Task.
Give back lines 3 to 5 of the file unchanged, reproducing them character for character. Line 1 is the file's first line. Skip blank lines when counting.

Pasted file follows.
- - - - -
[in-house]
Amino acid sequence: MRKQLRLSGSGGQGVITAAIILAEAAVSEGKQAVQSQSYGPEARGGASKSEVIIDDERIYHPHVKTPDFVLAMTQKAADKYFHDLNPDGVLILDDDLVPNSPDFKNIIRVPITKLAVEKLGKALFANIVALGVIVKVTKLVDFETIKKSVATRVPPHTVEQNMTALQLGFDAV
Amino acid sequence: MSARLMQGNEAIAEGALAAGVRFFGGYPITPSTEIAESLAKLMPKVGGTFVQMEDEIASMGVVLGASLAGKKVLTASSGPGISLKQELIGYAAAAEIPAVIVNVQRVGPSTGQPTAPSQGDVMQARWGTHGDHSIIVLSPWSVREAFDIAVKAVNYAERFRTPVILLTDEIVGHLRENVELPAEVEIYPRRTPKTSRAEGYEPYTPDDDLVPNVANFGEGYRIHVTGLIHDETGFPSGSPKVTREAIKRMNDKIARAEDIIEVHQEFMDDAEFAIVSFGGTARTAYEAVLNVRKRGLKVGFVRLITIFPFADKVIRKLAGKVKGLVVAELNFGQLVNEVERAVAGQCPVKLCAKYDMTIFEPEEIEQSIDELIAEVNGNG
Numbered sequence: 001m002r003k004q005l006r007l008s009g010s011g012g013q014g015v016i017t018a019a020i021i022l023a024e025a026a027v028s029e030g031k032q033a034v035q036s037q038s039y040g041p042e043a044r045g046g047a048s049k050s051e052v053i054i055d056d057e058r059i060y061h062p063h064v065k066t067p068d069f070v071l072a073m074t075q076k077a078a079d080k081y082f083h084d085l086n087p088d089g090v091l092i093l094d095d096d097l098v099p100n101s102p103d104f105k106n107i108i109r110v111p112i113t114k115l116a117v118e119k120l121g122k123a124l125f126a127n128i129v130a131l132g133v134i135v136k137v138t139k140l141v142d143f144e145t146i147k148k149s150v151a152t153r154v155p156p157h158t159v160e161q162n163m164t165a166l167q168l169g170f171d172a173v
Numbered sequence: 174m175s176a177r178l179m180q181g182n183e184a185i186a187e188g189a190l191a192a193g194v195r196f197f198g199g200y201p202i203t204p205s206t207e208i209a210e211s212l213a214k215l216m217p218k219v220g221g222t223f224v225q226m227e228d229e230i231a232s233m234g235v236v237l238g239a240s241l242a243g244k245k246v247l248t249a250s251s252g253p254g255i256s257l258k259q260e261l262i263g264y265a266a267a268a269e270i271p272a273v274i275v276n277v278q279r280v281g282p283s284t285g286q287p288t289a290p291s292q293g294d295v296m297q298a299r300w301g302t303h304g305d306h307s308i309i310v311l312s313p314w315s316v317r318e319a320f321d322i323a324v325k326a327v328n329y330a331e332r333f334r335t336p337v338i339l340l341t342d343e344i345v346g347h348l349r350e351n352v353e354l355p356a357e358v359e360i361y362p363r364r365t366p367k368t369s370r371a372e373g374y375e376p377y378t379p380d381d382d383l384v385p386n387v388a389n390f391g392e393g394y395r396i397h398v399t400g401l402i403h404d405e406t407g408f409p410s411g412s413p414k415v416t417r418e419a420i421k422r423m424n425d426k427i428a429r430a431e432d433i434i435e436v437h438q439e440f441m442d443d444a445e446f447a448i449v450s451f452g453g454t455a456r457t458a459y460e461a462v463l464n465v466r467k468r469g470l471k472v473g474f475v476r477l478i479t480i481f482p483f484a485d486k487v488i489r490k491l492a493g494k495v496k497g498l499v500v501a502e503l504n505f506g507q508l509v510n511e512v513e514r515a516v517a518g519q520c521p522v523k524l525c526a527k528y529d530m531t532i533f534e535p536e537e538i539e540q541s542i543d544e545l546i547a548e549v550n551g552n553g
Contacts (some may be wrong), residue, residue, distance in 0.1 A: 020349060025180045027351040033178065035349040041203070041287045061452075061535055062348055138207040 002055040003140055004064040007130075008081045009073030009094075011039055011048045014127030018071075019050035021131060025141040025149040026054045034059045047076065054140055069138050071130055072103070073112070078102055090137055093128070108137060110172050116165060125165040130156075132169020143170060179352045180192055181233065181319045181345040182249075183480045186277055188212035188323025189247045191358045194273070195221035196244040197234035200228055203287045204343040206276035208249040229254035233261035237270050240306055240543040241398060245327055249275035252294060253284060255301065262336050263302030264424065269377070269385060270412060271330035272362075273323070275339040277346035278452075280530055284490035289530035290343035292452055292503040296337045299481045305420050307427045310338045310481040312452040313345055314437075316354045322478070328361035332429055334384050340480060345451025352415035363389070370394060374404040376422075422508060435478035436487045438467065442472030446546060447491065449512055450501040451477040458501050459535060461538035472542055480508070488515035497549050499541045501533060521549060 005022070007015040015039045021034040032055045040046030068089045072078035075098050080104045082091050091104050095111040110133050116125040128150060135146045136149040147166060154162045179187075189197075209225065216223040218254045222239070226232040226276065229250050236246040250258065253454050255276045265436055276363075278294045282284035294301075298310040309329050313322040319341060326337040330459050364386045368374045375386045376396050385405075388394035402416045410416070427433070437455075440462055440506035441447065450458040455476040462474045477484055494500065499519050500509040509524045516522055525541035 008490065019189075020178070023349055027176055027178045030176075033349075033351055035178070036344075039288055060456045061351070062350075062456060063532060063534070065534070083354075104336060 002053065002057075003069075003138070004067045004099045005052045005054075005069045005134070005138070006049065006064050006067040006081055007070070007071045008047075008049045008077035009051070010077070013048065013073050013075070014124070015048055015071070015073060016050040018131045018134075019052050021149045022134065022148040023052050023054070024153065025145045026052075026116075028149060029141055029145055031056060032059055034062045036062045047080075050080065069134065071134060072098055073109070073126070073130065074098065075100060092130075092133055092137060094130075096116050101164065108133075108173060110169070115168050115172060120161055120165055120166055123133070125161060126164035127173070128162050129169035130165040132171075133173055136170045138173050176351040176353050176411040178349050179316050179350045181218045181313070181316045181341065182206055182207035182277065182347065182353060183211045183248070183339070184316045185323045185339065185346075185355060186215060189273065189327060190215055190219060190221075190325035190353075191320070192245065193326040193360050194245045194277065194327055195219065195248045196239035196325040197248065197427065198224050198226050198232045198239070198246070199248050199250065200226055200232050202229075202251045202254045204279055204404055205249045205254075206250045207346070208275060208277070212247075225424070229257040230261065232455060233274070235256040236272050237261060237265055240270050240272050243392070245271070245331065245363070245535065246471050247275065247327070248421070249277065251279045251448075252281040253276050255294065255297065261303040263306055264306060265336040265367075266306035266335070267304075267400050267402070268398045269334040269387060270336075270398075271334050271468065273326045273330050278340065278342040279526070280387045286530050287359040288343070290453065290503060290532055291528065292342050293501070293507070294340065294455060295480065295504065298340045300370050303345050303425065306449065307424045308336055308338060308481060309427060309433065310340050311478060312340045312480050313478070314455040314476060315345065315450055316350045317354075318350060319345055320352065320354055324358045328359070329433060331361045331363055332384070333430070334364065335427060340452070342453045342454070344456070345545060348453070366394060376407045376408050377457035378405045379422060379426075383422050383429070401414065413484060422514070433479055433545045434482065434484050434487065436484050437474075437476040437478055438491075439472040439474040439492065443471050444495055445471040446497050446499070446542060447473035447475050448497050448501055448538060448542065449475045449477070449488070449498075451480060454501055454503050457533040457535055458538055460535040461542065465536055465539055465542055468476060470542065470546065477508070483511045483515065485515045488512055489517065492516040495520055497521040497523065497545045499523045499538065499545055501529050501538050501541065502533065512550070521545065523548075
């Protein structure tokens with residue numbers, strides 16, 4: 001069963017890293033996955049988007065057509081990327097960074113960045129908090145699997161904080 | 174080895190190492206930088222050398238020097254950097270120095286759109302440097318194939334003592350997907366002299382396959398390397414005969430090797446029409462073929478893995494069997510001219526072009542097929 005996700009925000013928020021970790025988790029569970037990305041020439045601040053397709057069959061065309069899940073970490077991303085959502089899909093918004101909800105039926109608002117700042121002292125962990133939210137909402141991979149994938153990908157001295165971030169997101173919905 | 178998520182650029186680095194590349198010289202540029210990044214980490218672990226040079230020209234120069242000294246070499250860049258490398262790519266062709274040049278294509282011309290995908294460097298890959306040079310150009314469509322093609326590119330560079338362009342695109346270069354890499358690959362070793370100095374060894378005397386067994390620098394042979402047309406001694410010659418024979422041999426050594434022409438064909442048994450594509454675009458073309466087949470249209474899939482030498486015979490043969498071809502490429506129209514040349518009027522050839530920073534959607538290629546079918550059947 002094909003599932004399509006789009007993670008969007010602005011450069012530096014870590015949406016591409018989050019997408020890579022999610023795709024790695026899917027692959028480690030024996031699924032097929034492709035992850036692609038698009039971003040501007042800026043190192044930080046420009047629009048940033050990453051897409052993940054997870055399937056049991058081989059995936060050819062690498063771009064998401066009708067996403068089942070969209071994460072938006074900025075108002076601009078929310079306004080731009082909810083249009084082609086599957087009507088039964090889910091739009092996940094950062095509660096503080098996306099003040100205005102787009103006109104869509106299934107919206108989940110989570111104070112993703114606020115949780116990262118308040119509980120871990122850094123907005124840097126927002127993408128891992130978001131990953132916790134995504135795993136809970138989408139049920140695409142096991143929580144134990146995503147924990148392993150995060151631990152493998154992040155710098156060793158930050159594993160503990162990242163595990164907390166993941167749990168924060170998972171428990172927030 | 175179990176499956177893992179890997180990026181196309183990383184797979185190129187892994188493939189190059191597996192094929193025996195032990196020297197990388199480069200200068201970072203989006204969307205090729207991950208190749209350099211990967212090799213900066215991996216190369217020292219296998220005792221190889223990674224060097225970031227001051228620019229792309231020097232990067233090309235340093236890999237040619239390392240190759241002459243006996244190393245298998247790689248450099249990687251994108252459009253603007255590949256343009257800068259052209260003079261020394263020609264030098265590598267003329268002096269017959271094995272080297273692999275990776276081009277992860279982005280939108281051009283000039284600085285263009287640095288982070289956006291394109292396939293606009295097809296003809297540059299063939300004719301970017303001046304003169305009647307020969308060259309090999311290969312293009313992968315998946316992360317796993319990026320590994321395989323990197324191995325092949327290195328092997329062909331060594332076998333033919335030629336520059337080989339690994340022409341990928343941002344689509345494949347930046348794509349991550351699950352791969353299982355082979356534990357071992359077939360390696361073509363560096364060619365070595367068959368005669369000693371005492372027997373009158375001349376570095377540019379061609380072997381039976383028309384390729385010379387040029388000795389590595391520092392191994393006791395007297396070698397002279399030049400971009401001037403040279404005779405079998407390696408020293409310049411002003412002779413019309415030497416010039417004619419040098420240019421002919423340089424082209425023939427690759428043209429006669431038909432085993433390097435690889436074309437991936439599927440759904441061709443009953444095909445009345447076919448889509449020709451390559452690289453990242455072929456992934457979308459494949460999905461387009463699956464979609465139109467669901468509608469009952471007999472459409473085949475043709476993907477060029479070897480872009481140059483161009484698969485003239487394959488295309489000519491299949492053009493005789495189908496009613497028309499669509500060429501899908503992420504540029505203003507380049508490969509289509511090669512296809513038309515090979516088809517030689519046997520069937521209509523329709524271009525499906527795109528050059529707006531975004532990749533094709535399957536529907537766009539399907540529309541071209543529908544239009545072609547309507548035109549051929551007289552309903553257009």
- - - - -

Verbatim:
Amino acid sequence: MSARLMQGNEAIAEGALAAGVRFFGGYPITPSTEIAESLAKLMPKVGGTFVQMEDEIASMGVVLGASLAGKKVLTASSGPGISLKQELIGYAAAAEIPAVIVNVQRVGPSTGQPTAPSQGDVMQARWGTHGDHSIIVLSPWSVREAFDIAVKAVNYAERFRTPVILLTDEIVGHLRENVELPAEVEIYPRRTPKTSRAEGYEPYTPDDDLVPNVANFGEGYRIHVTGLIHDETGFPSGSPKVTREAIKRMNDKIARAEDIIEVHQEFMDDAEFAIVSFGGTARTAYEAVLNVRKRGLKVGFVRLITIFPFADKVIRKLAGKVKGLVVAELNFGQLVNEVERAVAGQCPVKLCAKYDMTIFEPEEIEQSIDELIAEVNGNG
Numbered sequence: 001m002r003k004q005l006r007l008s009g010s011g012g013q014g015v016i017t018a019a020i021i022l023a024e025a026a027v028s029e030g031k032q033a034v035q036s037q038s039y040g041p042e043a044r045g046g047a048s049k050s051e052v053i054i055d056d057e058r059i060y061h062p063h064v065k066t067p068d069f070v071l072a073m074t075q076k077a078a079d080k081y082f083h084d085l086n087p088d089g090v091l092i093l094d095d096d097l098v099p100n101s102p103d104f105k106n107i108i109r110v111p112i113t114k115l116a117v118e119k120l121g122k123a124l125f126a127n128i129v130a131l132g133v134i135v136k137v138t139k140l141v142d143f144e145t146i147k148k149s150v151a152t153r154v155p156p157h158t159v160e161q162n163m164t165a166l167q168l169g170f171d172a173v
Numbered sequence: 174m175s176a177r178l179m180q181g182n183e184a185i186a187e188g189a190l191a192a193g194v195r196f197f198g199g200y201p202i203t204p205s206t207e208i209a210e211s212l213a214k215l216m217p218k219v220g221g222t223f224v225q226m227e228d229e230i231a232s233m234g235v236v237l238g239a240s241l242a243g244k245k246v247l248t249a250s251s252g253p254g255i256s257l258k259q260e261l262i263g264y265a266a267a268a269e270i271p272a273v274i275v276n277v278q279r280v281g282p283s284t285g286q287p288t289a290p291s292q293g294d295v296m297q298a299r300w301g302t303h304g305d306h307s308i309i310v311l312s313p314w315s316v317r318e319a320f321d322i323a324v325k326a327v328n329y330a331e332r333f334r335t336p337v338i339l340l341t342d343e344i345v346g347h348l349r350e351n352v353e354l355p356a357e358v359e360i361y362p363r364r365t366p367k368t369s370r371a372e373g374y375e376p377y378t379p380d381d382d383l384v385p386n387v388a389n390f391g392e393g394y395r396i397h398v399t400g401l402i403h404d405e406t407g408f409p410s411g412s413p414k415v416t417r418e419a420i421k422r423m424n425d426k427i428a429r430a431e432d433i434i435e436v437h438q439e440f441m442d443d444a445e446f447a448i449v450s451f452g453g454t455a456r457t458a459y460e461a462v463l464n465v466r467k468r469g470l471k472v473g474f475v476r477l478i479t480i481f482p483f484a485d486k487v488i489r490k491l492a493g494k495v496k497g498l499v500v501a502e503l504n505f506g507q508l509v510n511e512v513e514r515a516v517a518g519q520c521p522v523k524l525c526a527k528y529d530m531t532i533f534e535p536e537e538i539e540q541s542i543d544e545l546i547a548e549v550n551g552n553g